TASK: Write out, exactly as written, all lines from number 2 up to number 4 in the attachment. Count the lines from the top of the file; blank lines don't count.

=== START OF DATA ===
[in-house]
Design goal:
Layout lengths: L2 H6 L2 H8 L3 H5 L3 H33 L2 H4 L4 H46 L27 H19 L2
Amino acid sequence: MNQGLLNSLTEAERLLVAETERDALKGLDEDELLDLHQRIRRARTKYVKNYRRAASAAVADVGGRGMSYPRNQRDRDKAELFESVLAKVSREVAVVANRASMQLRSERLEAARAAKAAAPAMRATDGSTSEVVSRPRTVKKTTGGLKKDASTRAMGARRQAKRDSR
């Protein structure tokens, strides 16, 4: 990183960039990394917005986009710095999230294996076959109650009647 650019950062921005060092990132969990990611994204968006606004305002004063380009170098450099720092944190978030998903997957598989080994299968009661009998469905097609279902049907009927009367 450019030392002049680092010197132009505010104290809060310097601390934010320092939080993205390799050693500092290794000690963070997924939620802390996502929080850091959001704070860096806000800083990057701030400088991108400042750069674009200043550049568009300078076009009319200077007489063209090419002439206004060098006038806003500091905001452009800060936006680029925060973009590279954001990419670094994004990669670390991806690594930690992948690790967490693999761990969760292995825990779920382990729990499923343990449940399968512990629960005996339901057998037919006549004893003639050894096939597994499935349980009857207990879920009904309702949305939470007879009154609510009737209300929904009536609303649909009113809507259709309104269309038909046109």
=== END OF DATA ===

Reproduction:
Design goal:
Layout lengths: L2 H6 L2 H8 L3 H5 L3 H33 L2 H4 L4 H46 L27 H19 L2
Amino acid sequence: MNQGLLNSLTEAERLLVAETERDALKGLDEDELLDLHQRIRRARTKYVKNYRRAASAAVADVGGRGMSYPRNQRDRDKAELFESVLAKVSREVAVVANRASMQLRSERLEAARAAKAAAPAMRATDGSTSEVVSRPRTVKKTTGGLKKDASTRAMGARRQAKRDSR